Psychology, in simple words, is a science devoted to understanding human behavior. The main concern of psychologists is to improve the quality of people’s lives and their life satisfaction. Those behaviors that promote people’s well-being and life satisfaction are termed adaptive behaviors by psychologists while behaviors that serve to limit people’s functioning and diminish life satisfaction are termed maladaptive behaviors. Addiction is one such harmful maladaptive behavior that adversely affects one’s quality of life. To understand why people engage in this unhealthy behavior, it is essential to explore the psychological models that elucidate the possible causes of addiction.
According to psychologists, the first cause of addiction may be “psychopathology.” An individual may engage in harmful behaviors like addiction because of an abnormality, or “psychopathology” that manifests itself as mental illness. Secondly, the environment of an individual might be instrumental in fostering an individual’s unhealthy habit. Thirdly, an individual’s thoughts and beliefs create feelings that in turn determine his or her behavior. The more someone’s thoughts and feelings are unrealistic or dysfunctional, the more his or her behavior will be affected in that way.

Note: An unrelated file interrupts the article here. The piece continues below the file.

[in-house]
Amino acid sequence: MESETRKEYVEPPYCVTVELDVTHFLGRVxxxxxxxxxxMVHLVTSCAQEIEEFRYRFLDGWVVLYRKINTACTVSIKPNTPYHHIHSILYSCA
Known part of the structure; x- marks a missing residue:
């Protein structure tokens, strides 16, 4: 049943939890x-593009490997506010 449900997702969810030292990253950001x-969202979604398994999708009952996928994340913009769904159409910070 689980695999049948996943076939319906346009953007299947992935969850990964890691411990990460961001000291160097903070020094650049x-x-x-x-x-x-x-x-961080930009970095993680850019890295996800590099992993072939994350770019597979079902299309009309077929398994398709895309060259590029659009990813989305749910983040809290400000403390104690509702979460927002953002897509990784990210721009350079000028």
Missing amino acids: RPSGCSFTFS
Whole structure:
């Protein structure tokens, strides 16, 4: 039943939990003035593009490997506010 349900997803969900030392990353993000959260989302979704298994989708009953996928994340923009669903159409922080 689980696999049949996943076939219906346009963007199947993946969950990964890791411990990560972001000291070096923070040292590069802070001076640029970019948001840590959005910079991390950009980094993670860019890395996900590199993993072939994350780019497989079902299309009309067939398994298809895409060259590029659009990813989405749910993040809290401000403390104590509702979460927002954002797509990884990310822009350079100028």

The psychopathological model considers mental disorders as the cause of addiction. These disorders might comprise mood disturbances, cognitive difficulties, and other mental illnesses. In fact, addiction and other mental health disorders commonly occur together (called co-morbidity).
Addictive personality is another concept related to psychopathology. Certain personality traits might be the underlying factors in all addictive disorders. These may include the denial of apparent problems and problems with impulse and emotion regulation. Although there is a dearth of sufficient evidence suggesting an “addictive personality” per se, addiction does most frequently co-occur with a class of disorders called ‘personality disorders.’
Psychotherapy, which might include restructuring the personality and/or improving a person’s cognitive and emotional functioning, can, however, help identify and resolve underlying psychological disorders which play a significant role in causing addiction.